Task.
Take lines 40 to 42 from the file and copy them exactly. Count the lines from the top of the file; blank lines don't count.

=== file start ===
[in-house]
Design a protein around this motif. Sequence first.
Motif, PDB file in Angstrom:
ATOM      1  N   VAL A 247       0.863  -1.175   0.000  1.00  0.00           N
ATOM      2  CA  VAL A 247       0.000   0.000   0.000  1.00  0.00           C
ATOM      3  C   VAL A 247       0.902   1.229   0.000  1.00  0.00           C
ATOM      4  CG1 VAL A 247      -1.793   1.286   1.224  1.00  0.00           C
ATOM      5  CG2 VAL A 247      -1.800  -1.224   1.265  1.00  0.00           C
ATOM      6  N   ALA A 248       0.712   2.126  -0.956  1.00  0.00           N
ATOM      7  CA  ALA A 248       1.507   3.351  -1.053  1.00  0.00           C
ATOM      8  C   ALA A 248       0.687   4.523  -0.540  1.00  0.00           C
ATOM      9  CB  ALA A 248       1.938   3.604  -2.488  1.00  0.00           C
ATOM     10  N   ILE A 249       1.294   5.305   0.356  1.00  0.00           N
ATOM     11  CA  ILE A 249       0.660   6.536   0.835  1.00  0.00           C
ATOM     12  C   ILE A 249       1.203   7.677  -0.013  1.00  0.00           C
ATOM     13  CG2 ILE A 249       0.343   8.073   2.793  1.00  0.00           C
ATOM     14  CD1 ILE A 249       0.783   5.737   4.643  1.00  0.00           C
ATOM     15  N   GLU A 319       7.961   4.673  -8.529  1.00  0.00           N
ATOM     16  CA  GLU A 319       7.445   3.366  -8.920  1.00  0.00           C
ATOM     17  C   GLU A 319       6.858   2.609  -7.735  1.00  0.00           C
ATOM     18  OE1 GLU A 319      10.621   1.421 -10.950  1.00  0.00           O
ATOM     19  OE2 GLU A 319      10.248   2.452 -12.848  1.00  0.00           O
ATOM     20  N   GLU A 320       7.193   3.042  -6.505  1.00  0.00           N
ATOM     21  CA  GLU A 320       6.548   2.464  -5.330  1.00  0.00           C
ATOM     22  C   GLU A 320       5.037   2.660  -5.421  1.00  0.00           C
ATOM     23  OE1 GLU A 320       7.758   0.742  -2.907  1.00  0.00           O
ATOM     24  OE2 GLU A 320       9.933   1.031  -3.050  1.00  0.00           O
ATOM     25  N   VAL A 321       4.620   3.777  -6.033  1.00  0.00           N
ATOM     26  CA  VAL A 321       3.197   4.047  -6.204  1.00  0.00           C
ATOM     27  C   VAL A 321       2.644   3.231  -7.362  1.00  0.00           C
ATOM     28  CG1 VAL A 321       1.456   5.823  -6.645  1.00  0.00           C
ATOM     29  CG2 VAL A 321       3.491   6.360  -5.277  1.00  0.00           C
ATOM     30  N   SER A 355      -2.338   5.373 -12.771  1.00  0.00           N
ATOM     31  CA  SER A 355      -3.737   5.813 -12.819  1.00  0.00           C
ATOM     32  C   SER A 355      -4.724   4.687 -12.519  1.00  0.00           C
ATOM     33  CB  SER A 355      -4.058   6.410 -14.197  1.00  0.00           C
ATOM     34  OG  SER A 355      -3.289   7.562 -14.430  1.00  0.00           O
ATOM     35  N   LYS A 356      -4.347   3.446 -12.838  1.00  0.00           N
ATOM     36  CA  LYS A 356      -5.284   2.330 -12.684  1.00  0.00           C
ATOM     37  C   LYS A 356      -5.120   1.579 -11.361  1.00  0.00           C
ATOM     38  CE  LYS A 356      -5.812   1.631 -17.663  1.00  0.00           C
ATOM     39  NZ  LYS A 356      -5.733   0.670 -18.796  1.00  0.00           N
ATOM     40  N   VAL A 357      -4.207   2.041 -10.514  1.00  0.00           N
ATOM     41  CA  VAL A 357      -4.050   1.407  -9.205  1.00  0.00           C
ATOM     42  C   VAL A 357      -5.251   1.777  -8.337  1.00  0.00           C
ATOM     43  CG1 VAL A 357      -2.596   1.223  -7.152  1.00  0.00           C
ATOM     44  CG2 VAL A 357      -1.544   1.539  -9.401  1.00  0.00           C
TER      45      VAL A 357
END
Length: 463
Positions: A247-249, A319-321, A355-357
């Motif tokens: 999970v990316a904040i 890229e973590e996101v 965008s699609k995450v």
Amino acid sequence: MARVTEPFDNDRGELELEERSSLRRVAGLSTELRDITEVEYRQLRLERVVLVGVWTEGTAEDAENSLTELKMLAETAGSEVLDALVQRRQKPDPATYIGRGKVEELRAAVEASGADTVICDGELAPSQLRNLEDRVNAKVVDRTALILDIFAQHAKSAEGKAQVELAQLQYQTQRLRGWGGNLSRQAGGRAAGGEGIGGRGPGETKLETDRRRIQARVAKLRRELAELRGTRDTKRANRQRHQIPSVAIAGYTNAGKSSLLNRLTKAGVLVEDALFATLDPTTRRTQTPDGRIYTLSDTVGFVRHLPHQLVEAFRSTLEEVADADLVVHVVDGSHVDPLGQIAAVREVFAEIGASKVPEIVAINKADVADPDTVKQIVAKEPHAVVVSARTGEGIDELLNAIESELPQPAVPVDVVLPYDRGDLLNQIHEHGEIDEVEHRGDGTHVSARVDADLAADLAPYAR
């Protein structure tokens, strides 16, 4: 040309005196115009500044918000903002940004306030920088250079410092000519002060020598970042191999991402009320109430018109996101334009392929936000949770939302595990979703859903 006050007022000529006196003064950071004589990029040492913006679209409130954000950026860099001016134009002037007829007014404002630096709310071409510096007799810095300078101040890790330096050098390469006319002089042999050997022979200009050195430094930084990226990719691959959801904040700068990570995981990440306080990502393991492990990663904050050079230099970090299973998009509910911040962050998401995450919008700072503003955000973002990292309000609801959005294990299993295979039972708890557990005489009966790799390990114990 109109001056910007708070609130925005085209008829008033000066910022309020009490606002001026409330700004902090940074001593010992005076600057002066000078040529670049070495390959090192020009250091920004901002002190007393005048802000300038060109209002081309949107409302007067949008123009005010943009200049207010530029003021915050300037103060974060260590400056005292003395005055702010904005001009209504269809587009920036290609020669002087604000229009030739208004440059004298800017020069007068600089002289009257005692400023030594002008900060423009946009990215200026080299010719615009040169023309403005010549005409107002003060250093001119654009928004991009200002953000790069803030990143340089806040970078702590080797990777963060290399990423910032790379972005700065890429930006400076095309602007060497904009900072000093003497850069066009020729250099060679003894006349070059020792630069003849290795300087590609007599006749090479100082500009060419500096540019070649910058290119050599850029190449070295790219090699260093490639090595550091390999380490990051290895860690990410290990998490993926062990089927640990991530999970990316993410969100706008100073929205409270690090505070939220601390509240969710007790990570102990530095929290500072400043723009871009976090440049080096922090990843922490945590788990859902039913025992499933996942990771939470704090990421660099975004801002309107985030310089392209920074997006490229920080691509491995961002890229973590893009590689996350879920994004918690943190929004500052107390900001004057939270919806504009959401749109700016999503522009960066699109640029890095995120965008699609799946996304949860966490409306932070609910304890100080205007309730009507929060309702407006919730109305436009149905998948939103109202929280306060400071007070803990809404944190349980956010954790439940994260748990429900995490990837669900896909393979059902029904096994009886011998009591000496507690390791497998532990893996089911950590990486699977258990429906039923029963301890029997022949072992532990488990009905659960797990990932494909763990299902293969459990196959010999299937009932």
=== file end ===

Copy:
ATOM     37  C   LYS A 356      -5.120   1.579 -11.361  1.00  0.00           C
ATOM     38  CE  LYS A 356      -5.812   1.631 -17.663  1.00  0.00           C
ATOM     39  NZ  LYS A 356      -5.733   0.670 -18.796  1.00  0.00           N